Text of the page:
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Guardians of trust: Who is responsible for data analytics?

Who is responsible for data analytics?

Data is a top priority, so how do businesses govern its use? In this survey we looked to help organizations stay in the business of trust.

Brad Fisher

Global Head of KPMG Lighthouse Data, AI & emerging technologies homepage

KPMG International


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Data has never been more relevant around the world than it is right now. While businesses are looking to make use of the benefits of data-driven technologies to gain a competitive edge, however, a major focus for the general population is on the potential drawbacks of those uses. It is not necessarily data itself that is controversial. It is trust.

The value of trust in a business cannot be overstated, from a company’s brand to its products, services and people. Now, though, that trust has to extend to data and analytics as well.

How should businesses govern trusted data analytics?

In this survey, KPMG sought to discover the nuances of this complex relationship between data and trust, and how organizations can work to bolster the governance of one of our newest and most valuable resources.

KPMG International, "Guardians of trust", 2017 infographic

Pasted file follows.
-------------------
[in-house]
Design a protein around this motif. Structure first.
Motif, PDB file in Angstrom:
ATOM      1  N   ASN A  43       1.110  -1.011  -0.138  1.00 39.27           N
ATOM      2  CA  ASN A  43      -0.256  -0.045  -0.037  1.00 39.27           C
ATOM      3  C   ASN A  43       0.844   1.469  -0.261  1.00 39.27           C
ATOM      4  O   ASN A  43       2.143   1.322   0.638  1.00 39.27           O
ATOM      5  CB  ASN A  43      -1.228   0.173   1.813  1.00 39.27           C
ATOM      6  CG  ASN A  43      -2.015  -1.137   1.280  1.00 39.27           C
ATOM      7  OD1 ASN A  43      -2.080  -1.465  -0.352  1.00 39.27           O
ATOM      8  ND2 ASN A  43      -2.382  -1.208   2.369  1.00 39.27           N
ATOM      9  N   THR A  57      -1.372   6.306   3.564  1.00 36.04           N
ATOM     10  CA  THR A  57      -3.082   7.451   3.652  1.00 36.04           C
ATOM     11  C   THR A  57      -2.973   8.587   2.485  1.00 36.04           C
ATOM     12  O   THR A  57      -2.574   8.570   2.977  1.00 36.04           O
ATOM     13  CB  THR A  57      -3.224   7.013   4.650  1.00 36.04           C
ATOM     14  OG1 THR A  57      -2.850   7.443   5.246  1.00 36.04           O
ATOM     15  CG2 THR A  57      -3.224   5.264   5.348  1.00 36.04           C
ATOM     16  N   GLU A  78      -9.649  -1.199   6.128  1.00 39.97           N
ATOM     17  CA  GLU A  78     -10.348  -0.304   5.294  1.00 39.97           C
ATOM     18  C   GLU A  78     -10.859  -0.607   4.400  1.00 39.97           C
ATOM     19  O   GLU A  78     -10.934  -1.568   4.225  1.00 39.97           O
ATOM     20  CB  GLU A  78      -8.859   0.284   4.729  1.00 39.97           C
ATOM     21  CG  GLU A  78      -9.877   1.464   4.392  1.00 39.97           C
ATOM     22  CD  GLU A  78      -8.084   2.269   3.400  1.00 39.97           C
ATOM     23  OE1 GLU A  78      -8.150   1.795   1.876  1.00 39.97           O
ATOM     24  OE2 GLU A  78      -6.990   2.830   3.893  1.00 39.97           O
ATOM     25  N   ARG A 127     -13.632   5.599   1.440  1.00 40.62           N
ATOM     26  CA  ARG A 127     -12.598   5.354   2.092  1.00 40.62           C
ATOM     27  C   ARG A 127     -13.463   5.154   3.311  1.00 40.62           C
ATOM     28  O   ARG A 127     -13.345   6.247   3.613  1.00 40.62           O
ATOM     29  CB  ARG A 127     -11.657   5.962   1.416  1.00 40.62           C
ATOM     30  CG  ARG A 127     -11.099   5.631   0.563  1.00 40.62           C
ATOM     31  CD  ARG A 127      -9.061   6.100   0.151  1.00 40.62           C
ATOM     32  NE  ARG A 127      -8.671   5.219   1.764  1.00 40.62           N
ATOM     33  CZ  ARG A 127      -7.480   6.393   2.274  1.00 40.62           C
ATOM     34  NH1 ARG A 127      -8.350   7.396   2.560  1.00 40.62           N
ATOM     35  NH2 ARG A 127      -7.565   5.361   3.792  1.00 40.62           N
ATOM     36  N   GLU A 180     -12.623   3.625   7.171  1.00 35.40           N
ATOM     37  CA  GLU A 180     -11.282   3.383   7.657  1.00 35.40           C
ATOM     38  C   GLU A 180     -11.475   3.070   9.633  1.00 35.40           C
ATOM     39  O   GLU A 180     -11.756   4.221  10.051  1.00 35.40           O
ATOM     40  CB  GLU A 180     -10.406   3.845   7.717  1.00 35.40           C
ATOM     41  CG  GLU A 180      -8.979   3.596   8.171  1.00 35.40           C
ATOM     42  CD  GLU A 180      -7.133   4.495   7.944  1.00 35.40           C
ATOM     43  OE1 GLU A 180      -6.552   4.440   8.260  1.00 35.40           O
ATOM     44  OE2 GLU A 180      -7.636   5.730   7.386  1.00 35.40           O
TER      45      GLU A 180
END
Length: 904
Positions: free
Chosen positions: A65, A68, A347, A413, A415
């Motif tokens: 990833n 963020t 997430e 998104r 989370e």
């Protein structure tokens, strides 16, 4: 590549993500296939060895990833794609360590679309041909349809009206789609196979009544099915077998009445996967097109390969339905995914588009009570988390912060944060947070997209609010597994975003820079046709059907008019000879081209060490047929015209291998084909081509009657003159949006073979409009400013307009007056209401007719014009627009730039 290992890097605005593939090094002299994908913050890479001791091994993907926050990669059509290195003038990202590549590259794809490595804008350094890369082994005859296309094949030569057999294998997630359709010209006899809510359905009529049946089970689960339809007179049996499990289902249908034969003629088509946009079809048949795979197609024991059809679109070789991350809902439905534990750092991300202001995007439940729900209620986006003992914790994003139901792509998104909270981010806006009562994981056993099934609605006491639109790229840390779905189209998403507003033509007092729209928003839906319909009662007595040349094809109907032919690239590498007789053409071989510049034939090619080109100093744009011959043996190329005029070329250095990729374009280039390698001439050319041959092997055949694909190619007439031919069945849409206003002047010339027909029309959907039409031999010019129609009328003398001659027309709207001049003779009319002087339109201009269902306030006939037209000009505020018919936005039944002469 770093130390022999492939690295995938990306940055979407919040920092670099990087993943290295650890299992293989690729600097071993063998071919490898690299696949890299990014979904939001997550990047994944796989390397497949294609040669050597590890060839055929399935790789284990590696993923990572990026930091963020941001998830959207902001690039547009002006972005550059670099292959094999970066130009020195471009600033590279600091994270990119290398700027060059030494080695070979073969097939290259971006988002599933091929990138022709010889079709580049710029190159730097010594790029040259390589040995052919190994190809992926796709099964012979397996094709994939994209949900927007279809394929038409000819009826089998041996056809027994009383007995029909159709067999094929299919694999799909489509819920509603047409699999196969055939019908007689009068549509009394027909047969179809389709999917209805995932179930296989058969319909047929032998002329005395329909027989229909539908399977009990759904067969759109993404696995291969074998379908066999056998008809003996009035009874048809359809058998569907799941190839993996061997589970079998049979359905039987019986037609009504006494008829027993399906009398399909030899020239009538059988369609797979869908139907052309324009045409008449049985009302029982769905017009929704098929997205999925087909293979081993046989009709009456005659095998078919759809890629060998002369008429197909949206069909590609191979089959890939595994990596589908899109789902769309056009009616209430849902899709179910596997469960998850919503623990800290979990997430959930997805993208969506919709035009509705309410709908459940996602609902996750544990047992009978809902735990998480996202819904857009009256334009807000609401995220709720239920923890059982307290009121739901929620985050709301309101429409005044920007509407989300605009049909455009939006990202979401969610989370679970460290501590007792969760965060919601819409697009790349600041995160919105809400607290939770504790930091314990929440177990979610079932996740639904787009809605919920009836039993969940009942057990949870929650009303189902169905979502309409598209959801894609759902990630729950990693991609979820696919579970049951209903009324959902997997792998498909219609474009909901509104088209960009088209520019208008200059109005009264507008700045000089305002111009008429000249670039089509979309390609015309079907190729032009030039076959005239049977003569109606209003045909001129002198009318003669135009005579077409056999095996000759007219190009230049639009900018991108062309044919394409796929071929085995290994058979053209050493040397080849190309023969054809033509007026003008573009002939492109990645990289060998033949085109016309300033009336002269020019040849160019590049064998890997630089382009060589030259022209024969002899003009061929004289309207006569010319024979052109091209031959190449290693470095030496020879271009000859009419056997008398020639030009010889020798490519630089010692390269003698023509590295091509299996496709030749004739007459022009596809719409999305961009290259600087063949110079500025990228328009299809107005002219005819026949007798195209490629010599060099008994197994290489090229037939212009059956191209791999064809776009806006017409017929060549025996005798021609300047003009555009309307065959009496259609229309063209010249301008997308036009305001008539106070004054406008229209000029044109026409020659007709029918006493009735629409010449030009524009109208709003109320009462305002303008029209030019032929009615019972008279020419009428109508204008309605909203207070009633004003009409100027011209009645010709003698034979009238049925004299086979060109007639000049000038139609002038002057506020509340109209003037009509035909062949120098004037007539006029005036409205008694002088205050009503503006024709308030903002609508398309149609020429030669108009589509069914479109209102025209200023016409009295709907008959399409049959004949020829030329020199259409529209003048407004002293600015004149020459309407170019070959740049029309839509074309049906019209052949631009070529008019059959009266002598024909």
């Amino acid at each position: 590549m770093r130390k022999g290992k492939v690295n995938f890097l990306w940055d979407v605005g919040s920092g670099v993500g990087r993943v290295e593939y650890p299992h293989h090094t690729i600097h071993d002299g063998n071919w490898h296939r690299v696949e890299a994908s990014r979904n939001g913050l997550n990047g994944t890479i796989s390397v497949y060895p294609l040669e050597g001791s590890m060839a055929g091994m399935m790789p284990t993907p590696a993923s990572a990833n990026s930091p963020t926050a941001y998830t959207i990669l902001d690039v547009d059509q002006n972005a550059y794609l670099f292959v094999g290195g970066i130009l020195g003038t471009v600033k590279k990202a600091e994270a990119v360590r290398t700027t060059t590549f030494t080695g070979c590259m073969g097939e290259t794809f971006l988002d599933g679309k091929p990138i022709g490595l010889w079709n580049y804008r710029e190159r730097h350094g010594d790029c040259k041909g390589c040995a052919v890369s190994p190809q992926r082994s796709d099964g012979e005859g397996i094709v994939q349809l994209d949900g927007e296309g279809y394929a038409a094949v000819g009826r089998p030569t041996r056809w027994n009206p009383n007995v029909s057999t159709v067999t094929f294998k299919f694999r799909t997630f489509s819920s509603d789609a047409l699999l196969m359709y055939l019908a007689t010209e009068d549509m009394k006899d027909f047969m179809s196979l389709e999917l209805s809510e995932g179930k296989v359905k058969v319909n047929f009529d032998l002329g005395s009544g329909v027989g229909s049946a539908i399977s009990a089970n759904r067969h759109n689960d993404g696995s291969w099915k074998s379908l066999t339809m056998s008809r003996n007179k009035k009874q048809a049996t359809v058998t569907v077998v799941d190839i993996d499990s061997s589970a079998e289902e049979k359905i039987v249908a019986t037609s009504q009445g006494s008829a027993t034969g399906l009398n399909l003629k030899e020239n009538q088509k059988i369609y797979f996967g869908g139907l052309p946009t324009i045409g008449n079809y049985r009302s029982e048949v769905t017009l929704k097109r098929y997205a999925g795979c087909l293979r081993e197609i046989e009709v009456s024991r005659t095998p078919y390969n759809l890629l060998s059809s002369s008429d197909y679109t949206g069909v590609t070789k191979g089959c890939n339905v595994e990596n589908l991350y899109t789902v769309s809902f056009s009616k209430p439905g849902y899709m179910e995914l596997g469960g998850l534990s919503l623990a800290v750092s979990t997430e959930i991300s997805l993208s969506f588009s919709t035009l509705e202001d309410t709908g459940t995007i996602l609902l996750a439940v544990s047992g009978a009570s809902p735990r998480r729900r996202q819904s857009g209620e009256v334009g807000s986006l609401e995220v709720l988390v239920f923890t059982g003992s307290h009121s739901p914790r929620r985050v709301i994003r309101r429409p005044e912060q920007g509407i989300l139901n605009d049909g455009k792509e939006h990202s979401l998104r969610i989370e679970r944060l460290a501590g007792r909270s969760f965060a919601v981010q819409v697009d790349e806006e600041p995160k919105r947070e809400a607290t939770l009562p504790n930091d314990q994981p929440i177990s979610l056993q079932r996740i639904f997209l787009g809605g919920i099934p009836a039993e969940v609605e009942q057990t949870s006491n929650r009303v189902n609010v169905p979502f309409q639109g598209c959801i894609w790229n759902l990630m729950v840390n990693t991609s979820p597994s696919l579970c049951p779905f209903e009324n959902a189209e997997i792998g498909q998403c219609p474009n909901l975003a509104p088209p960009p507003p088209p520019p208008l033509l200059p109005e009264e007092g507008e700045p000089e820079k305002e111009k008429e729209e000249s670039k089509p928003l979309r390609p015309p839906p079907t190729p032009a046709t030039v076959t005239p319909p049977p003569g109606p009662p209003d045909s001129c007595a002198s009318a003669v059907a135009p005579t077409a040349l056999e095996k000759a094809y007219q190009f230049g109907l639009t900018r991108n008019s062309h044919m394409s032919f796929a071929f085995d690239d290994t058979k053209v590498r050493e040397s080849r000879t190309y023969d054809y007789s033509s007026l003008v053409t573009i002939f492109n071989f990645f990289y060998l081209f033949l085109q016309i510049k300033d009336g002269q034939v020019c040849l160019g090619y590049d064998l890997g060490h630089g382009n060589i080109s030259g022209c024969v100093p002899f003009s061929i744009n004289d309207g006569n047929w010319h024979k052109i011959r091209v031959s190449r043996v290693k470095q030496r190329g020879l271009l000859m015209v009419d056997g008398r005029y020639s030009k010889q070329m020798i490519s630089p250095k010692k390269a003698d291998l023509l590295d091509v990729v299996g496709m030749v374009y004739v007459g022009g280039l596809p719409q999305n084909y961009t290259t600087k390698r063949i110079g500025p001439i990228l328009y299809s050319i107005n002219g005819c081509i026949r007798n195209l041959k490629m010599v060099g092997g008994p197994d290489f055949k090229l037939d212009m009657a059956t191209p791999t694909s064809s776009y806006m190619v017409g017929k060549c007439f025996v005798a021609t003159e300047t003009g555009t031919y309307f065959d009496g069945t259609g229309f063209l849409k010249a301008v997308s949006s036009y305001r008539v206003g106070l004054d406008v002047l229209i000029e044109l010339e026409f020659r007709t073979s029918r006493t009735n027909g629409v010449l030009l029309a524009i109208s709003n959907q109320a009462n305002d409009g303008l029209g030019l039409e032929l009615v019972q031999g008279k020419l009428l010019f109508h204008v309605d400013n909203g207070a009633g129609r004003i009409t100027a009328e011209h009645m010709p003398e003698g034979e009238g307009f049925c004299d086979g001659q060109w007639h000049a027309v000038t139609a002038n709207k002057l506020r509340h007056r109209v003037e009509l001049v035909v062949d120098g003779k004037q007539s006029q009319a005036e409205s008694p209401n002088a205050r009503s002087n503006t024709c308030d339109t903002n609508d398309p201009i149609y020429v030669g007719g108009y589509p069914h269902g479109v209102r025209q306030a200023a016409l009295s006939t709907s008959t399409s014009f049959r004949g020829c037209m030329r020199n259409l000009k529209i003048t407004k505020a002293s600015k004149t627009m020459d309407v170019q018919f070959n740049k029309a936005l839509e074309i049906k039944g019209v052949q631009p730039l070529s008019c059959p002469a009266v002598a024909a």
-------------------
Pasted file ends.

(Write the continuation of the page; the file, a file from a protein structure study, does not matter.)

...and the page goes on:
KPMG International, "Guardians of trust", 2017 (p12)

We found a startling trust gap, even within organizations. This is based on a fundamental observation: humans prioritize their emotional response over their logical response, and more information does not necessarily help them build trust. In fact, some people only build trust with repeated use over many years, which leads to a double-edged sword. Organizations must embrace fast-moving new technologies, but also must ensure high, stable levels of trust while doing so.

Who is responsible when something goes wrong?

When asked, fifty-five percent said the technology function, including the chief data officer (CDO) and data scientists, would carry the brunt of responsibility if an algorithm acted unexpectedly or led to a negative outcome. But this is far from a consensus. Unfortunately, when asked about a hypothetical situation regarding autonomous vehicles, there was no clear way to place blame.

KPMG International, "Guardians of Trust", 2017 infographic

KPMG International, "Guardians of Trust", 2017

If we find an answer to this question, however, we can actually help answer the next question as well.

How do we build that trust to begin with?

KPMG’s perspective: we need a holistic and foundational approach to trust, and it requires a clear vision on who the 'guardians' of that trust should be.

Read the full story for the full results, and recommendations from our business data and trust survey (PDF 2.41 MB).

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